By Sally Rummel
You can count practically on one hand the number of waterfront lots available for a new build in the tri-county area, but that doesn’t mean you can’t live in your dream home on a lake.
Instead of building your own lakefront home, find an existing home that you can transform into your dream property.
Things to consider
when purchasing a lakefront home
The current state of the home
Moisture in the air, weather patterns created by the lake and the rise and fall of the water level can all lead to degradation of property. Specifically, look for bug infestation and water issues that can be found more readily near lakes.
Orientation to the sun
Does the home get morning or afternoon sun? If you are getting afternoon sun, does the deck have any sun protection? How do the winds come off the lake affect both your enjoyment of the property and the heating costs?
The lake itself
Lakes can vary considerably, meaning one lake might be perfect for you while another is completely undesirable. Do your research first.
Is there a lake association?
It is always wise to find out about any organization you will be required to join, because they can vary a great deal in how they handle issues. Most of the time having a lake association benefits those living on the lake.
You may have visions of adding a second story or a large addition, and discover it’s not possible because of zoning restrictions.
Other legal, conservation and zoning restrictions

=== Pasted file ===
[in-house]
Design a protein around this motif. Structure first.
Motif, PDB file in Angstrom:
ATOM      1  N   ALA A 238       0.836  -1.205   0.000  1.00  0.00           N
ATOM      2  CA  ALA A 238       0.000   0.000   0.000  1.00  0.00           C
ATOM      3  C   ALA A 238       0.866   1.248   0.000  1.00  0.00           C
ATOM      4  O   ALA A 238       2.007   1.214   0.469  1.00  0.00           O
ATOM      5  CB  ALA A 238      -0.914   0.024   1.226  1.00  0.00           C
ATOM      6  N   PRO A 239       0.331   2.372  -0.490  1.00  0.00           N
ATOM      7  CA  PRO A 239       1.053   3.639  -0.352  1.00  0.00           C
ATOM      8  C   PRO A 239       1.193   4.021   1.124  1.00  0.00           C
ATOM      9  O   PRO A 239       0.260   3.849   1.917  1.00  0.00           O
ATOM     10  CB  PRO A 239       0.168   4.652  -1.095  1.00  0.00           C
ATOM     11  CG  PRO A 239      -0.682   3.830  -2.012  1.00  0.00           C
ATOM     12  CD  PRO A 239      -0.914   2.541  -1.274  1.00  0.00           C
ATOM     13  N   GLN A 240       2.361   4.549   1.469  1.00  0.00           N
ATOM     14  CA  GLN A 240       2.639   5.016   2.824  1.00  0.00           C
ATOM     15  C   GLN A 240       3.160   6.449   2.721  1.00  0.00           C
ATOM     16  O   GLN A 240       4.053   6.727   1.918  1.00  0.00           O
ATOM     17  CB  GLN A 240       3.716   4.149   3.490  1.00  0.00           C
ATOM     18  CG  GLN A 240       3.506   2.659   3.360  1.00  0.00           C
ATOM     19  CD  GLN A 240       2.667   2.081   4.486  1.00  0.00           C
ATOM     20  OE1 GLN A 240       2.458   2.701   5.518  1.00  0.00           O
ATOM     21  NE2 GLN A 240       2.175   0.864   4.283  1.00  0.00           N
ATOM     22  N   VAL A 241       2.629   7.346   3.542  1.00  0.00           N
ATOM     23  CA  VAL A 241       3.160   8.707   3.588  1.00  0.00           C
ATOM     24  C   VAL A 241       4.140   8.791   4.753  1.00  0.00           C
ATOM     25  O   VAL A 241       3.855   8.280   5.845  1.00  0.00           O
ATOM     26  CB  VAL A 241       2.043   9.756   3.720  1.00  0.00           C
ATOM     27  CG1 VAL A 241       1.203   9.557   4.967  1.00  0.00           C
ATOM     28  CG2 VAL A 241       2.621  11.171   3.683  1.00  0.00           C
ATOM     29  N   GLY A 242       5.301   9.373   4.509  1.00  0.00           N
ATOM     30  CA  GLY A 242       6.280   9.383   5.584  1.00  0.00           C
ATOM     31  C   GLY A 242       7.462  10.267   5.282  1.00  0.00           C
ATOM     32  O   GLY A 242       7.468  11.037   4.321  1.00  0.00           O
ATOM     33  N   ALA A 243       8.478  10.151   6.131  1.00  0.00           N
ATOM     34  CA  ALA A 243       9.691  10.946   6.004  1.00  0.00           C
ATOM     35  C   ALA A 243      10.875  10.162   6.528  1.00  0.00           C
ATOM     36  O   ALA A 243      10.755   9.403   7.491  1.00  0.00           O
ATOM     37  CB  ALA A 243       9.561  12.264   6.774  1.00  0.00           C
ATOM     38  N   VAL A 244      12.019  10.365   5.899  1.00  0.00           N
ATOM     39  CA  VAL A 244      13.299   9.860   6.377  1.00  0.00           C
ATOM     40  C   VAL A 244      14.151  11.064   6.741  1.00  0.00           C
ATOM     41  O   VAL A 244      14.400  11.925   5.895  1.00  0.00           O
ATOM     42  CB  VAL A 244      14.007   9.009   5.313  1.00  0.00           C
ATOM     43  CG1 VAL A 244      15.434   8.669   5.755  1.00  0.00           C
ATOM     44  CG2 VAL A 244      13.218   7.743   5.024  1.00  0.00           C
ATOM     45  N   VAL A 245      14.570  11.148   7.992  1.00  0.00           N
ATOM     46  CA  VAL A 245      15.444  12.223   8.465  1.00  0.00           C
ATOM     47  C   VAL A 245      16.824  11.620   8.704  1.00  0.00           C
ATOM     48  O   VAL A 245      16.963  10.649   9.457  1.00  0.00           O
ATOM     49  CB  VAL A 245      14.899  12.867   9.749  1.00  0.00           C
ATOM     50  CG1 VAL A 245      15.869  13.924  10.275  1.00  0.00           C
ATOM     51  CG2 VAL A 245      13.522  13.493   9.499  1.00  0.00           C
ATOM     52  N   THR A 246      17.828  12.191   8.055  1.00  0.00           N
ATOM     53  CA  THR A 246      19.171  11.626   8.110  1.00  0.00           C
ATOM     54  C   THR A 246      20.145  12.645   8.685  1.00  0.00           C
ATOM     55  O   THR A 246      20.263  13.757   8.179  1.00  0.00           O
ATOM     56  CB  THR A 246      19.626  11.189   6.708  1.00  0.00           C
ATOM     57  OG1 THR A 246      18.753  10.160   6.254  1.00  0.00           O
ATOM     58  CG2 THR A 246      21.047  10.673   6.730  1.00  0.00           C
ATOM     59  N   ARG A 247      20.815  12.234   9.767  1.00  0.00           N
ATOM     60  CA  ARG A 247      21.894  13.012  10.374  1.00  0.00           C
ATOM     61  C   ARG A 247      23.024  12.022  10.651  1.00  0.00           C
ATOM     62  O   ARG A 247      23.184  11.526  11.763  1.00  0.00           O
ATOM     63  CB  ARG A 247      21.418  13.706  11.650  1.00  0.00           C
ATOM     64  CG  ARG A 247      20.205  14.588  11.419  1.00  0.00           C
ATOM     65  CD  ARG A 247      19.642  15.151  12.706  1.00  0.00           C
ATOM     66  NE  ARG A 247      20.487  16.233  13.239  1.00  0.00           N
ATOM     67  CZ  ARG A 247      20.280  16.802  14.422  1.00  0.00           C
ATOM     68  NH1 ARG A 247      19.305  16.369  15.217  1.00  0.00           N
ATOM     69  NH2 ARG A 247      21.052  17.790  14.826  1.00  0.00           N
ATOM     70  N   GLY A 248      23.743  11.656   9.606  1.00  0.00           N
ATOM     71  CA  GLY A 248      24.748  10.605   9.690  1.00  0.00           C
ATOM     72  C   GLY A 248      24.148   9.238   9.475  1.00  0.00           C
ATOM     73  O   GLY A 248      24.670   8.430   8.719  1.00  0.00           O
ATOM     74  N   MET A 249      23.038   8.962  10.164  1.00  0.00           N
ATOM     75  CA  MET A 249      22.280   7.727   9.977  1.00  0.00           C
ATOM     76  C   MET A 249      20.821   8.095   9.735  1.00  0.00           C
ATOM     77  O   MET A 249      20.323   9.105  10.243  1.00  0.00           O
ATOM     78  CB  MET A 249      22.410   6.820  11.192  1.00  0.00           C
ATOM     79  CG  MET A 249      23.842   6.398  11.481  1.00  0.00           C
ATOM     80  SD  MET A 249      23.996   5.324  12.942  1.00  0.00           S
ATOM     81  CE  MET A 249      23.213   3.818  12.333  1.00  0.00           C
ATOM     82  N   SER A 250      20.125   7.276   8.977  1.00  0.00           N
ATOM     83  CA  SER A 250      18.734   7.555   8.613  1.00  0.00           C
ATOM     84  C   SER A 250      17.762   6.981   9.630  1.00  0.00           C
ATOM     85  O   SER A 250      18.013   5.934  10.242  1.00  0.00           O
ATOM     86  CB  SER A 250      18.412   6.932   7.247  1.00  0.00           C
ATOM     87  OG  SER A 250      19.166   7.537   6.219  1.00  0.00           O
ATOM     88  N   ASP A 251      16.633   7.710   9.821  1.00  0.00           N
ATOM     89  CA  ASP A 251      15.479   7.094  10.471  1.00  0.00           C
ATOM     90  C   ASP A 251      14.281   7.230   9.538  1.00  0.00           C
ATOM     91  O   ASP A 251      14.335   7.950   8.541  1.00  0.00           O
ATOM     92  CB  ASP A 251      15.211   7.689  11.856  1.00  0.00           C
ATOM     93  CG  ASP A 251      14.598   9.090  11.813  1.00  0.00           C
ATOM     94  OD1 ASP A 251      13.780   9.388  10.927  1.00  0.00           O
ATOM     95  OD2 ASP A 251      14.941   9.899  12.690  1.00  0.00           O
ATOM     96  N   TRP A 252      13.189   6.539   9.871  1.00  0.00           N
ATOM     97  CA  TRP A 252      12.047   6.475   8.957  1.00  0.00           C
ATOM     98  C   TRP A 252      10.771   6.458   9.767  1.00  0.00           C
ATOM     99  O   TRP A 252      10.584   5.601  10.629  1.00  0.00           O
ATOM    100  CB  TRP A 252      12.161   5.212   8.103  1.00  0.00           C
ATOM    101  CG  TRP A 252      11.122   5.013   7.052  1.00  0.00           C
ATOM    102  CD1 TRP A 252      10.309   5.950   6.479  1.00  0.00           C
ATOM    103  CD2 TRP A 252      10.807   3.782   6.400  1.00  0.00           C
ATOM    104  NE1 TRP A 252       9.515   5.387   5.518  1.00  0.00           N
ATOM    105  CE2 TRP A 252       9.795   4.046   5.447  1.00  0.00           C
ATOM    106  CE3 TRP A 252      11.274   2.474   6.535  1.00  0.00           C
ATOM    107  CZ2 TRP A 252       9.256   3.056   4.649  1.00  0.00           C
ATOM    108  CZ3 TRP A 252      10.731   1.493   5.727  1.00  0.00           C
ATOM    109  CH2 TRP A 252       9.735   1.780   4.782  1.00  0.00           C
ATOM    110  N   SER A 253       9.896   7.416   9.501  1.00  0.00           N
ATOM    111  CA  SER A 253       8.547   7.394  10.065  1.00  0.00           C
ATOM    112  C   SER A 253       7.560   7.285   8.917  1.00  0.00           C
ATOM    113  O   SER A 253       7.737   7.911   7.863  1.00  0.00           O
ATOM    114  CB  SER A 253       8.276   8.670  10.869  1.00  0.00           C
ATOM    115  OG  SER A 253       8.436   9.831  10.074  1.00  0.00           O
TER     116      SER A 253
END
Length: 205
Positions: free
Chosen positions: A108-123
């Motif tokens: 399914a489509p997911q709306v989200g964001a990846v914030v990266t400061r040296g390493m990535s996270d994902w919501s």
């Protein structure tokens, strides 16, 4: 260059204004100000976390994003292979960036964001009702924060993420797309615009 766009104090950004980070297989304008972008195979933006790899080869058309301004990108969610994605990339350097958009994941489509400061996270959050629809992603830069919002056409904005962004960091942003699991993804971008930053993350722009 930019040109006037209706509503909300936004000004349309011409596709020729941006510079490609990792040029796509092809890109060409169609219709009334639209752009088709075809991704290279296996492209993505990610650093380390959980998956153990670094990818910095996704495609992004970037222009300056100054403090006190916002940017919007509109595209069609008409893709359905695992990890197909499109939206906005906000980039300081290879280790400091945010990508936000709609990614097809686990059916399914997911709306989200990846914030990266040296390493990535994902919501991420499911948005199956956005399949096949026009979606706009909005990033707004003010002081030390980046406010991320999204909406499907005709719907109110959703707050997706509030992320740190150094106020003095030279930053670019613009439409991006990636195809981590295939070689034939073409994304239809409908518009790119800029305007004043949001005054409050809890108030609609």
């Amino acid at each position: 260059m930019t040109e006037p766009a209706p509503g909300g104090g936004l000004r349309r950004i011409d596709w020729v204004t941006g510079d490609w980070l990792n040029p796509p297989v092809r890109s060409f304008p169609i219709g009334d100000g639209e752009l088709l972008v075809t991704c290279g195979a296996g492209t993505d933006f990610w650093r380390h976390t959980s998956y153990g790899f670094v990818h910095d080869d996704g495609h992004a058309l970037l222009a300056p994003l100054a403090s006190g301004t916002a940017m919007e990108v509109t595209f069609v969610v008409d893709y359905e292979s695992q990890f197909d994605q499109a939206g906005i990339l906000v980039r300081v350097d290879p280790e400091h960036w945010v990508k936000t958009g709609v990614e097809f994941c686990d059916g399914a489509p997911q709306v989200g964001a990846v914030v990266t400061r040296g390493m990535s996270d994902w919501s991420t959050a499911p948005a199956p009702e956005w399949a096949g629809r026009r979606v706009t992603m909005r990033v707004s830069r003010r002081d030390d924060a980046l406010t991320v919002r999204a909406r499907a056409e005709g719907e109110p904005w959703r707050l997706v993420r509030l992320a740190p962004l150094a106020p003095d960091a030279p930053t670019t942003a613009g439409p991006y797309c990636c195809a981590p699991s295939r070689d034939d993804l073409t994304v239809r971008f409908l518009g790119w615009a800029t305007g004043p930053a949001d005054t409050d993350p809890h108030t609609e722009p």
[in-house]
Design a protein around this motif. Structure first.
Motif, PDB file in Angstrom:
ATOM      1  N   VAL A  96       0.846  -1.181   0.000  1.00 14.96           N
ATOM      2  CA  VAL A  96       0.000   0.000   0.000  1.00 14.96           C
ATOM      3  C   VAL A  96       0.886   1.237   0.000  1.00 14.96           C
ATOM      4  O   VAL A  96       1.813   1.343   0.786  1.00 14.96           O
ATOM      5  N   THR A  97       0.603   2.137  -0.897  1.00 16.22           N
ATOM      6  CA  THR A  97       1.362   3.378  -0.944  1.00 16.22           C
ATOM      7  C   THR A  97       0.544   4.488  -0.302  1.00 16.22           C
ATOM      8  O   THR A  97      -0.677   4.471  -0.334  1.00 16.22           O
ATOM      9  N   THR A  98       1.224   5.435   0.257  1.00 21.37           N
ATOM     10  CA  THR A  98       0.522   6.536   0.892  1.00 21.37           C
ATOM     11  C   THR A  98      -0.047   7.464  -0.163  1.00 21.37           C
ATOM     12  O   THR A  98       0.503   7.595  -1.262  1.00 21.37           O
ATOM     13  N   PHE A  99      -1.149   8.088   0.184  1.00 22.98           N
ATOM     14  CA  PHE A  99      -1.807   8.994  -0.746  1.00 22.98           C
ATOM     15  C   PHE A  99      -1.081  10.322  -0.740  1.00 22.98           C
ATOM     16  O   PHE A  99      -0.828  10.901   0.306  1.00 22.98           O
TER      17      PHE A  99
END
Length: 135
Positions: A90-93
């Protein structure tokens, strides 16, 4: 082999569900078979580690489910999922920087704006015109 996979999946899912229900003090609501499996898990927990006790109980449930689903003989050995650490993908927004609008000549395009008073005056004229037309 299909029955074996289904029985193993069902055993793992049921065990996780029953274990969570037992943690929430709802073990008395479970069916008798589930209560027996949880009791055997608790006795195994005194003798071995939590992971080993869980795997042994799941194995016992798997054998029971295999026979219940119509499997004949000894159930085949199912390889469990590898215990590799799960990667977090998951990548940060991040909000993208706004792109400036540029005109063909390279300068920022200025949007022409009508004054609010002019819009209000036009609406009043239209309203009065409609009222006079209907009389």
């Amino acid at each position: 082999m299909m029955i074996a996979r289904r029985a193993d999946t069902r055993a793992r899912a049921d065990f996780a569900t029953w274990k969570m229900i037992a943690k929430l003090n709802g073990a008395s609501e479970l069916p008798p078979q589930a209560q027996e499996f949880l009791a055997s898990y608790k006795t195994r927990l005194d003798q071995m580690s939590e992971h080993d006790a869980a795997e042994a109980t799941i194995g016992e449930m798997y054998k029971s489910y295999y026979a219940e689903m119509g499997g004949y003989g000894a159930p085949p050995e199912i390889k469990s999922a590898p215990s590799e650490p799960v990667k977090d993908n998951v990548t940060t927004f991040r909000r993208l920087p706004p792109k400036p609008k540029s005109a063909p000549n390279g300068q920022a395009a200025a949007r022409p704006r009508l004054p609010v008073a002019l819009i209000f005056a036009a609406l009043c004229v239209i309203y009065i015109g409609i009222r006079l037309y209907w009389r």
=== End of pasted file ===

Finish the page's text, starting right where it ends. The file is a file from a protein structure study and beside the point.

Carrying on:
Lakes are considered wetlands so they are afforded protection under the Wetlands Protection Act. The local conservation board is going to want to know anything you do to the property that is within 100 feet of the lake. Also, do your homework for property advertised with “lake access” or “right of way to lake.” Consult an attorney who can do a title search to check the accuracy.
What about the view?
Make certain that the view you have fits your desires, now and in the future. You may have your views impaired or changed by others residing on the lake.
How much privacy do you want?
The closer you are to the water, the less privacy you have lakeside. Lots with more distance between the home and the water, still with a clear line of view — are usually more expensive than those right on the water. The extra cost may be worth it.
Source: Information provided by Al Lifsey of ReMAX Platinum
Here’s advice from local Realtors
‘‘ The setting is crucial. You can change a house, but you can’t change its setting. Think about sunrises, especially consider the sunsets, sandy vs. non-sandy beach and the panoramic view.’’
John Tremaine, Tremaine Real Living Real Estate
‘‘ Buying a lakefront home is very different compared to a traditional purchase. You need to understand these differences before making the leap into lakefront living.’’
Al Lifsey, ReMAX Platinum
‘‘ It’s not about cosmetics or the existing structure, but more so about the things that can’t be changed, like the quality of the beach, the lot size, the view of the water and any potential blockages of that view, whether it’s homes, trees, etc.’’
Patrik Welty, Legacy Realty
Starting your dream home from the foundation up
You’ve found the lake of your dreams, however, there are no open lots left to purchase to build your dream or retirement home. If this turns out to be the case, one alternative idea is to buy an existing home, demolish it and begin again from the foundation up.
Keep in mind the elevation for flooding and flood insurance, sight lines with the neighbors’ homes, footings, overall size of the home and any variances you may need if the shape of your new home is different from the previous one.
Average price of waterfront home in Fenton, Lake Fenton and Linden areas
Average days on the market:
Source: Patrick Welty of Legacy Realty